Only 10% of the patients had an isolated pontine lesion. The majority of patients (80%) had various lesions outside the brainstem. 39 patients had 1 or more lesions outside the brainstem, most commonly in the cerebellum (n = 30) and occipital lobes (n = 8). 15 patients had only one lesion localized outside the brainstem, and all were localized in the cerebellum. Six patients had primary hemorrhage in the cerebellum or posterior cranial fossa, suggesting that the brainstem lesion may have occurred as a secondary lesion. Cerebellar lesions were found in all patients with dissection. The findings also revealed that LIS can be mesencephalic (n = 3) or due to an isolated injury to the medulla oblongata (n = 3) without any other brainstem lesions. 14% of patients had a primary cerebellar or posterior cranial fossa hemorrhage, which is presumably associated with a secondary injury in the brainstem. That mechanism has been called “pseudo-LIS.”
The functional outcome
Out of 51 patients, 15 died, at a median age of 3.5 years after disease onset. The median age of patients who died was 65.4 years, and they were older at the onset of LIS compared to those who survived. The cumulative survival rates at three, five, and 10-years were 87%, 79%, and 73%, respectively. Of 15 patients who died, three came out of the LIS state before death. 12 patients remained in the LIS state until they died, one patient had classic LIS and 11 had incomplete LIS.
Of the 51 patients, 23 came out of the LIS state (including three patients who came out of the LIS state before their death). 18 patients came out of the LIS state between 6 weeks and 2 years after disease onset. The prevalence of multiple lesions outside the brain stem was significantly lower in patients who came out of the LIS state than in patients who remained in the LIS state.
All but 1 patient achieved some motor improvement. Only three patients achieved complete motor recovery, while 88% of patients had a persistently high level of dependence. Three patients who achieved full motor recovery came out of the LIS state fairly quickly, between 6 weeks and 6 months. However, they had residual neurological deficit and could not return to work.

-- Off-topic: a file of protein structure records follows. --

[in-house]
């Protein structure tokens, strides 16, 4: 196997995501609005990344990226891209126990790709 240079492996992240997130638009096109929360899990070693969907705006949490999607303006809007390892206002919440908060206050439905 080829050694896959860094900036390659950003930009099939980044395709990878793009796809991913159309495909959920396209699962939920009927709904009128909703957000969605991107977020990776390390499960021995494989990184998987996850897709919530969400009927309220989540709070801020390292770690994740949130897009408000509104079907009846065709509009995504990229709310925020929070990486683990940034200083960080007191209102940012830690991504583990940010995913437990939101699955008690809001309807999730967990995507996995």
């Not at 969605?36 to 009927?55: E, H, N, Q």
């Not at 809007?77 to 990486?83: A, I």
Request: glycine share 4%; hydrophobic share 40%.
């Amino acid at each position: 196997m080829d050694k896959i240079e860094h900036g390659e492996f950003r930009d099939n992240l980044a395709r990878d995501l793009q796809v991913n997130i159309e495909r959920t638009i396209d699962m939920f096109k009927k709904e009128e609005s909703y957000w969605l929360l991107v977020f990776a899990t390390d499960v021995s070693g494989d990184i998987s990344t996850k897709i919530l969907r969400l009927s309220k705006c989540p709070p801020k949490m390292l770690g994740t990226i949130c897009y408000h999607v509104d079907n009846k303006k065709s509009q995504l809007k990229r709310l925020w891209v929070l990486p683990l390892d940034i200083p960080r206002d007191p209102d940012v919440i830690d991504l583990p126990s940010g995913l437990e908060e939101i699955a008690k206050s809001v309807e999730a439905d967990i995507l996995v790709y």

At the final follow-up, most patients (n = 27) had achieved “minimal recovery” of motor function according to the LIS motor recovery scale, and were fully dependent in ADL. Seven patients were unable to respond verbally, 12 were able to make sound, 16 exhibited dysarthric speech and 8 functional speech without dysarthria.
The authors discussed considerable variation in the literature regarding criteria for the LIS and the complex trajectories of LIS motor outcomes, dependence, and verbal communication.
In summary, this study examined an unselected population-based sample of patients with vascular LIS. Even patients who remained in the LIS state for more than 6 weeks were found to came out of it, most often within 2 years from disease onset. The authors suggested that long-lasting LIS should be considered as a chronic condition with varying courses and outcomes. Although the majority of patients remain severely disabled, even small improvements in function can significantly increase the potential for activity and participation. It seems that additional lesions outside the brainstem are common in long-lasting LIS and may be prognostic for remaining in the LIS state.
The article was published in Neurology.
Nilsen HW et al. Demographic, Medical, and Clinical Characteristics of a Population-Based Sample of Patients With Long-lasting Locked-In Syndrome. Neurology Sep 2023, 101 (10) e1025-e1035. (Open Access) https://doi.org/10.1212/WNL.0000000000207577